At another point in the day there was a discussion about tripods. Les gave us his “Good, Better, Best” talk and showed us his choices for Better and Best tripods. He told us that he couldn’t recommend the Best tripod because it costs too much. But the Best one is the one he uses, and also happens to be the one I use. I realize that there is a point at which we all have to determine what our needs are, and that helps us decide what price represents an appropriate amount to spend for a given tool. But when I ran those numbers for my own purchase several months ago, I decided that Best was what I needed and wanted, and while the difference was fairly significant in dollars it was relatively small in terms of my overall investment in equipment. Now that the money is gone, I never ever question my decision to buy the Best tripod. It is exactly the tool I need and has made a noticeable improvement in the sharpness of my images (notice that I didn’t say that it has made a noticeable difference in the quality of my photographs!). Again, we all have to make a choice, but for something as important as a tripod, I’m not sure the Better is good enough when Best costs only a little more.
The best nugget for me was during the critique of one of my photos when Les suggested cloning out a few distracting elements. I agreed with him and had actually thought about doing that when I originally processed the image. I thought about his comments later and remembered that the reason I hadn’t cloned them out originally was because I couldn’t get the result I wanted in Lightroom. Lightroom’s healing brush doesn’t work well on larger areas and to do it right I was going to need to use Photoshop. My desire to do everything in Lightroom (a nice way of saying ‘my hard headedness’) makes me avoid Photoshop obsessively except for the few things that I just can’t do in Lightroom. But as I thought about it I realized that it was foolish of me to allow my choice of tools to influence my artistic decisions. It’s no different from someone else using a tool or software indiscriminately to determine their vision. If I need to use Photoshop to get the results I want, then I just need to use Photoshop. So as soon as I have time I’m going to go back and re-work that photo in Photoshop to get the result I should have gotten to start with.
Overall it was a great session. I learned some things that I think will be valuable. Les’ biggest lesson is that we need to get our cameras out and go practice. So Sunday morning I did just that. This had already been planned before the workshop, but I stepped out of my comfort zone, got up well before sunrise and went out and shot some commercial photographs for a restaurant in Charlotte. But that is a story for another day.
The nature photography group that I belong to is an affiliate member of the Photographic Society of America, or PSA. We have recently begun participating in a number of their competitions, some of them for projected images but most of them for printed images. Because I consider the well-made print to be the intended final result of my photography, I began to submit some of my work to be considered for entry in these competitions. We’ve got a lot of members and each club is limited in the number of images they can submit in each category, plus each photographer is limited in the number of their images that can be in any one submission. It’s all very complicated to me and I have a hard time figuring it out so I generally don’t bother trying. I just send my stuff in and if it gets picked it does, and if it doesn’t it doesn’t. No big deal either way.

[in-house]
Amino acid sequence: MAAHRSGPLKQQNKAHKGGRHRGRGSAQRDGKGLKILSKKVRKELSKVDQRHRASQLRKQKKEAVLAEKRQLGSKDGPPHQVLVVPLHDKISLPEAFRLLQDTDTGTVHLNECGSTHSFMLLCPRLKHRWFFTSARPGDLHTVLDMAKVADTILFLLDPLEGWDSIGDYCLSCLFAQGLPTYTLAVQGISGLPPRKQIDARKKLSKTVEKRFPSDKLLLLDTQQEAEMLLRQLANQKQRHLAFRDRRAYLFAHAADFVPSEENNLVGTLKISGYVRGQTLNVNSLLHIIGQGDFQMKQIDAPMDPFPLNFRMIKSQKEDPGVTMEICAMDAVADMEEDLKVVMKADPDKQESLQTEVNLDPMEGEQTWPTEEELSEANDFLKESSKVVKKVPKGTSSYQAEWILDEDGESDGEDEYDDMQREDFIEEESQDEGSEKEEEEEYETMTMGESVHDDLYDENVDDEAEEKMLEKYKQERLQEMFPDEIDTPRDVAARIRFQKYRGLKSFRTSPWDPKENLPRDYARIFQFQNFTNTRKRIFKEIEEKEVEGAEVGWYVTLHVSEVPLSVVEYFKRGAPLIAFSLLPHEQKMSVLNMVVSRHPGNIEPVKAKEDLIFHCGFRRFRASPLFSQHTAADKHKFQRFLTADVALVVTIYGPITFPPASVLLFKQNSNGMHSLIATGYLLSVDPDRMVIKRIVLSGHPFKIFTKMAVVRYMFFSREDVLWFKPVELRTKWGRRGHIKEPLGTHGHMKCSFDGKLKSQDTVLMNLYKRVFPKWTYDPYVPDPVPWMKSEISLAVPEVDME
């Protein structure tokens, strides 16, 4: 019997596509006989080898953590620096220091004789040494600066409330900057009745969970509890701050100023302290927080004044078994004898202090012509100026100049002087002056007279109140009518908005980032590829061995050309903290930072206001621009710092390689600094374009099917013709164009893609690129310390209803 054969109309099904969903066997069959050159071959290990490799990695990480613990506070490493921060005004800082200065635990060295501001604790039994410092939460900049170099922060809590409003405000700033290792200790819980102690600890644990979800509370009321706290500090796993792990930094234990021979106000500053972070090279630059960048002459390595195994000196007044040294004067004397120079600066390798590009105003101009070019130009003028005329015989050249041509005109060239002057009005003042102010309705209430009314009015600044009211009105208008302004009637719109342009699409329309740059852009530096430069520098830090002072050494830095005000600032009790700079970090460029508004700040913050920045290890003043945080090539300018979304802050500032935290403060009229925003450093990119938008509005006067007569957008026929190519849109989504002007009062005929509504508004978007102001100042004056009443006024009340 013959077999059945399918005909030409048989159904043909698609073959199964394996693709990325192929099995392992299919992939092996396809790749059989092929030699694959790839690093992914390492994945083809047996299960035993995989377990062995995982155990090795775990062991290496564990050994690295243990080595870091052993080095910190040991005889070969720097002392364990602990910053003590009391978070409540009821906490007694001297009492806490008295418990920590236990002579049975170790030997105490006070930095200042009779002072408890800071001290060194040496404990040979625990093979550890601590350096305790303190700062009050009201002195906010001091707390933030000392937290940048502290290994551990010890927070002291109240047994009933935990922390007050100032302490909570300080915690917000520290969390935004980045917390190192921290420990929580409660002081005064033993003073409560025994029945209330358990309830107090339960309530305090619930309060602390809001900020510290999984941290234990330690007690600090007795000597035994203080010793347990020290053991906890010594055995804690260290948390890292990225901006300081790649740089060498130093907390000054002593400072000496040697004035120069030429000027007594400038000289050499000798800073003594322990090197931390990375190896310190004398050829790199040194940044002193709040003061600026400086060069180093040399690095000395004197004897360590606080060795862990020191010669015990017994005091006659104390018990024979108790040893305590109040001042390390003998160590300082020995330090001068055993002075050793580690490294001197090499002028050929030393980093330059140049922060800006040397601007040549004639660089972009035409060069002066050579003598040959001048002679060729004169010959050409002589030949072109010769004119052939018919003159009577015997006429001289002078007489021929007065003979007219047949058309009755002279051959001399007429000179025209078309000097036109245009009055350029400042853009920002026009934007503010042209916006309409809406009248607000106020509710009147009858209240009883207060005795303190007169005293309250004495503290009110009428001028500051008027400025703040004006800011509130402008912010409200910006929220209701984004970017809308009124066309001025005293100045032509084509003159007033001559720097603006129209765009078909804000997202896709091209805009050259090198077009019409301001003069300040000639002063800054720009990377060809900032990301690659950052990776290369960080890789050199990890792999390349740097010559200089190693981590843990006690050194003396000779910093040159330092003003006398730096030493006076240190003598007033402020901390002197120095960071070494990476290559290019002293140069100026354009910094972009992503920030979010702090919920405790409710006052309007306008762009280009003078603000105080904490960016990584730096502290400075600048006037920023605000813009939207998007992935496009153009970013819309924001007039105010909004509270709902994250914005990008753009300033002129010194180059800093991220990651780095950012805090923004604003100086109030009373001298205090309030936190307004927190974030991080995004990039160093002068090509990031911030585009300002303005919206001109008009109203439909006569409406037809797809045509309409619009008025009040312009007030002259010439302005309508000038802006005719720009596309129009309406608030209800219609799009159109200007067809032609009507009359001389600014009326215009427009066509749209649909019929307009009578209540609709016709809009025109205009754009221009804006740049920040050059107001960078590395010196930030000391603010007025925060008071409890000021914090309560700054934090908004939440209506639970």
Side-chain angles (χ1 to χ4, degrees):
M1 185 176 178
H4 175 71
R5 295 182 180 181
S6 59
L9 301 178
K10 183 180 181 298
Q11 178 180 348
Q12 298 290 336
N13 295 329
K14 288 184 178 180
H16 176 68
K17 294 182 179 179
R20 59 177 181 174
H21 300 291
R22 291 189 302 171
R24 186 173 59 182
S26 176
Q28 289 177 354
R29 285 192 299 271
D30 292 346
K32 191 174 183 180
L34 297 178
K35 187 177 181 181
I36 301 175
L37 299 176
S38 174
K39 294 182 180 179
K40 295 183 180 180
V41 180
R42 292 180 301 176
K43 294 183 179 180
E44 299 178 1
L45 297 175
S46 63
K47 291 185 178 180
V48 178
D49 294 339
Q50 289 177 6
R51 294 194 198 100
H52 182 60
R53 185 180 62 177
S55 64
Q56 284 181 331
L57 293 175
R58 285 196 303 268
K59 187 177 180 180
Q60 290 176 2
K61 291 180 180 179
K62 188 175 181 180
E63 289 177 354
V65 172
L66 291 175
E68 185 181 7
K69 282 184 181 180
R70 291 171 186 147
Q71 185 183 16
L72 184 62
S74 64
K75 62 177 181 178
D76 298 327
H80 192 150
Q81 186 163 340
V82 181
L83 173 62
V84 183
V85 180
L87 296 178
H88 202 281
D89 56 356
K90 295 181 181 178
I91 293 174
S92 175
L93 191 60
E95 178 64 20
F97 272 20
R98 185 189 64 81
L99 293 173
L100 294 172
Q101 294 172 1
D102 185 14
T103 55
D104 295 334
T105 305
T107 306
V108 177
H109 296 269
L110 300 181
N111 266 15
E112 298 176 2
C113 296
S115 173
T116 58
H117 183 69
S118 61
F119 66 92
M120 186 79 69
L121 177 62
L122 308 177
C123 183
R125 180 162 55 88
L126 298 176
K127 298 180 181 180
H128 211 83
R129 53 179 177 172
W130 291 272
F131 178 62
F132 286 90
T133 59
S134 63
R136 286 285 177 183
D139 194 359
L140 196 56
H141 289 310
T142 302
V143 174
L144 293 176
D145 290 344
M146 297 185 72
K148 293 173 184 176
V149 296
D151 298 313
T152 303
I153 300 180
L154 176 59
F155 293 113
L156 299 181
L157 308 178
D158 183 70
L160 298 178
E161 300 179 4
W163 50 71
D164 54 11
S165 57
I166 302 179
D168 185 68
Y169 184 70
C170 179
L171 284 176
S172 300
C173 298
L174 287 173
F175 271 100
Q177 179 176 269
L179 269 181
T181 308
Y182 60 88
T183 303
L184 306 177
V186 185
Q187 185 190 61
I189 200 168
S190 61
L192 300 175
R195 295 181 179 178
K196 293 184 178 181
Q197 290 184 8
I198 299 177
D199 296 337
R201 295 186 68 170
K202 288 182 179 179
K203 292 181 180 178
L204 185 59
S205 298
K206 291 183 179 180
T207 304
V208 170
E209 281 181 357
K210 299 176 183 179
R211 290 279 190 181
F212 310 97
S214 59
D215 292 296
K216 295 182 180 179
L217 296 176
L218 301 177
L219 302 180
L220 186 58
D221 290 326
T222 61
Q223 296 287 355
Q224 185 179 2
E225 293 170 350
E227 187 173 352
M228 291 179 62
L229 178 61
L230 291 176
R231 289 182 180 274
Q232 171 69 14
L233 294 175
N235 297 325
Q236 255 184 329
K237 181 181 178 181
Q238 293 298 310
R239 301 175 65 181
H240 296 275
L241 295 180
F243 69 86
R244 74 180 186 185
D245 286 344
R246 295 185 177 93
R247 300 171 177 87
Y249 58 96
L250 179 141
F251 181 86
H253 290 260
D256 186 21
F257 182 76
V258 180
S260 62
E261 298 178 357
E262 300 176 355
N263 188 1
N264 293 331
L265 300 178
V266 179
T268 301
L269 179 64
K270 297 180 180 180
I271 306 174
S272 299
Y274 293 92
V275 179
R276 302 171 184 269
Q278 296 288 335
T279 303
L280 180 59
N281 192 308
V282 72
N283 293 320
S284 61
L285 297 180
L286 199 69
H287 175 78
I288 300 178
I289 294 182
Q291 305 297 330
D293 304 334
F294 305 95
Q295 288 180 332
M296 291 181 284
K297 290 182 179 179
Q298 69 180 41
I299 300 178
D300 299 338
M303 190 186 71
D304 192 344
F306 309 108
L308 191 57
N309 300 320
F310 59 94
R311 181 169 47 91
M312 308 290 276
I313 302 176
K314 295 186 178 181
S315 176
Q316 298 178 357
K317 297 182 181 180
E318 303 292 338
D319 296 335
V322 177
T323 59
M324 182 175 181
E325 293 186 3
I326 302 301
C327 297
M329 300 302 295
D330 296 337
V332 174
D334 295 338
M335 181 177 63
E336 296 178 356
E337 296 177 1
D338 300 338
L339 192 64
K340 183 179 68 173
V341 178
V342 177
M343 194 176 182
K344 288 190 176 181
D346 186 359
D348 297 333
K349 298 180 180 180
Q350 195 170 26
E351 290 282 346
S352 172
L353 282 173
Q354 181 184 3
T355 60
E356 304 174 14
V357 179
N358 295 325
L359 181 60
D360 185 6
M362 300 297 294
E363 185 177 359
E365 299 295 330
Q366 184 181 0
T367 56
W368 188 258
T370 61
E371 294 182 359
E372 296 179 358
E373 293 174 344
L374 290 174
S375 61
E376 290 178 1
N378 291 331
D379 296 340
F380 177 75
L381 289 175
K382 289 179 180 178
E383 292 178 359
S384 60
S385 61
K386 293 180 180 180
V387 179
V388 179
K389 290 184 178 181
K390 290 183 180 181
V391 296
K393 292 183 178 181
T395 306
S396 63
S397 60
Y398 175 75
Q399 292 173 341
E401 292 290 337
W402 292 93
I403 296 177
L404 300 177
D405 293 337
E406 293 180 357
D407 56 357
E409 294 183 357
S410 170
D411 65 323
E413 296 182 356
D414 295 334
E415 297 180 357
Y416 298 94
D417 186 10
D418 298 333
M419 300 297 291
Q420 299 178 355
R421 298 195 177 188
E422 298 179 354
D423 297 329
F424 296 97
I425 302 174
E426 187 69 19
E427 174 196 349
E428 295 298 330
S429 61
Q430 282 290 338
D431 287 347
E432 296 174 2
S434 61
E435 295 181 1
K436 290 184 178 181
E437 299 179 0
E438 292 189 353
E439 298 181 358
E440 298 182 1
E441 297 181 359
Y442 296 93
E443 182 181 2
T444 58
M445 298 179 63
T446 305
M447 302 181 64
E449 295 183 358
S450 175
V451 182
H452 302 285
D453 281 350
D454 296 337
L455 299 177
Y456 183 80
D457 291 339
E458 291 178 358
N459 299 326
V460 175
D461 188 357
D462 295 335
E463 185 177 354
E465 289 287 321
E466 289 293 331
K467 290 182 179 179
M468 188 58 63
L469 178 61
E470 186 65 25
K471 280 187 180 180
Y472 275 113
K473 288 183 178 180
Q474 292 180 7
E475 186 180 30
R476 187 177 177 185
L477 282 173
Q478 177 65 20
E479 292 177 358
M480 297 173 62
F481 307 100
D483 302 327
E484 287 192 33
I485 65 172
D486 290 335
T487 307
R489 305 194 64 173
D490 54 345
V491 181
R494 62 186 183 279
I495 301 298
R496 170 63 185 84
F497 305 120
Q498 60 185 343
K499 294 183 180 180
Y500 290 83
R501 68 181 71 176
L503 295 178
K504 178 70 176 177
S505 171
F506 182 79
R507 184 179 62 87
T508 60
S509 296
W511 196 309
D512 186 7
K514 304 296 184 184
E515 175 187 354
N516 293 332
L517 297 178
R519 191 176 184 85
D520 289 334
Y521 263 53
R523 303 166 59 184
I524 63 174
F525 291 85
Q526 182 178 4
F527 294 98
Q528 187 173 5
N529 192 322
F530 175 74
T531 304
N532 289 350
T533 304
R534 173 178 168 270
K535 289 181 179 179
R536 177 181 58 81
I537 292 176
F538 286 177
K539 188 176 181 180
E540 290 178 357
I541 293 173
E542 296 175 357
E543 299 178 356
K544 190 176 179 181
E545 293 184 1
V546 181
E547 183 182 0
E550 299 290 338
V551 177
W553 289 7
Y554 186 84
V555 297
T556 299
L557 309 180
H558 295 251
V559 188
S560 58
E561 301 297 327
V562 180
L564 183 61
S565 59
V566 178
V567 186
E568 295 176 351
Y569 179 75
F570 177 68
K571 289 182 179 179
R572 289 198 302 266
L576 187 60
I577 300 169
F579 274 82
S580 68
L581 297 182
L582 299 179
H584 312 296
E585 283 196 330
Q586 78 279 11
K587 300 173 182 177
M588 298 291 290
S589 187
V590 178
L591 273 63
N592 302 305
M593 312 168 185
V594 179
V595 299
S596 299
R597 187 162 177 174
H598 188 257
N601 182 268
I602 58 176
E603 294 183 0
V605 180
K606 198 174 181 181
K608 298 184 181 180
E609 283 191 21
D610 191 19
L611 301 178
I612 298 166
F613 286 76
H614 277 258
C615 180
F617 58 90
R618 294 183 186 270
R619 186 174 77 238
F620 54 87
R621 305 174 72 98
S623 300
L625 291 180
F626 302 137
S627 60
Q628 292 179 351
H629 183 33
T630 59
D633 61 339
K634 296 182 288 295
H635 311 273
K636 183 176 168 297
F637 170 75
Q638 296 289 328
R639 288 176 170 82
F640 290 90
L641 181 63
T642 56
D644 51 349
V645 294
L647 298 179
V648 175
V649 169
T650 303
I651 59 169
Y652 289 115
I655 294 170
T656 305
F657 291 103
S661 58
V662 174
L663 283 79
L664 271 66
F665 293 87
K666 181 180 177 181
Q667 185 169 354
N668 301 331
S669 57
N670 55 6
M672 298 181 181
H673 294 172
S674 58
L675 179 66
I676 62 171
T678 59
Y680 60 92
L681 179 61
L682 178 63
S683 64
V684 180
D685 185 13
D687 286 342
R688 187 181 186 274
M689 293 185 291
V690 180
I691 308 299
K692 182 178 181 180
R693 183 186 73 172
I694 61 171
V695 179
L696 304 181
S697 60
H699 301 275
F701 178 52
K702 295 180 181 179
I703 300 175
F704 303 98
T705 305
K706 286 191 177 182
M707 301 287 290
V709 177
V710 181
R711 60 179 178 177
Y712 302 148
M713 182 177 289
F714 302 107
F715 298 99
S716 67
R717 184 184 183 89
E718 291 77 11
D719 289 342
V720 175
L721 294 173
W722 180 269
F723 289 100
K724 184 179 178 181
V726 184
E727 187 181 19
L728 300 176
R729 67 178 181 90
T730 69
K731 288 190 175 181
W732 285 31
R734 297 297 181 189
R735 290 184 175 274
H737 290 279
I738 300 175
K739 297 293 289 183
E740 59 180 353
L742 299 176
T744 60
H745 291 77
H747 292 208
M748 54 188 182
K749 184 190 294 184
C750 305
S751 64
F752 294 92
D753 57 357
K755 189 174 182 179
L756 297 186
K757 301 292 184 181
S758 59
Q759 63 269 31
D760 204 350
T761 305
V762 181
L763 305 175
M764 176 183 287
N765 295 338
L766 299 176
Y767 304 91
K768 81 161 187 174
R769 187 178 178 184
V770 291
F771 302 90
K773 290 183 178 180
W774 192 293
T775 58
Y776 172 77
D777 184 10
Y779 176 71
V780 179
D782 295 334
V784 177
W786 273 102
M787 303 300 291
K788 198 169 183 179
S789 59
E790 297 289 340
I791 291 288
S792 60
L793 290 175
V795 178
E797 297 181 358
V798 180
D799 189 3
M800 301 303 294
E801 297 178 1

I did have one of my photos win an Honorable Mention in one of the projected image competitions a couple of years ago, and that was nice. I’ve been working hard at getting better with my printing and am very proud of some of the work I have submitted, so I was hoping that one or more of my prints would do well.
I received an e-mail this morning with images of the winners from the most recent competition. Mine was not included in the list of winners or those receiving honorable mention. I won’t go into a lot of detail regarding how I feel about the winners, since they obviously appealed to the people who were doing the judging. But I’ve come to the conclusion that, at least for the purposes of these competitions, the kind of work I’m submitting isn’t what the judges are looking for. I’m just not using enough software.
This is not intended to be sour grapes or anything, and to conclude that would be missing my point. But I’d be interested in knowing if there is some place or some way to get meaningful and constructive feedback on printed work that is more representative of traditional photography, rather than heavily manipulated and/or highly processed images. Maybe I’m just entering the wrong category in these competitions, but I can’t imagine that I’m the only one experiencing this. Does anyone actively participate in a print review group? Is anyone interested in starting one? It’s something I’ve considered for a while, but there just aren’t that many people printing their work these days. And of those who do, it doesn’t seem like there are many people whose goals are similar to mine. I’d be interested in knowing the thoughts of anyone reading, and might even propose that a few of us give it a try and see how it goes. Send me an e-mail or reply in the comments.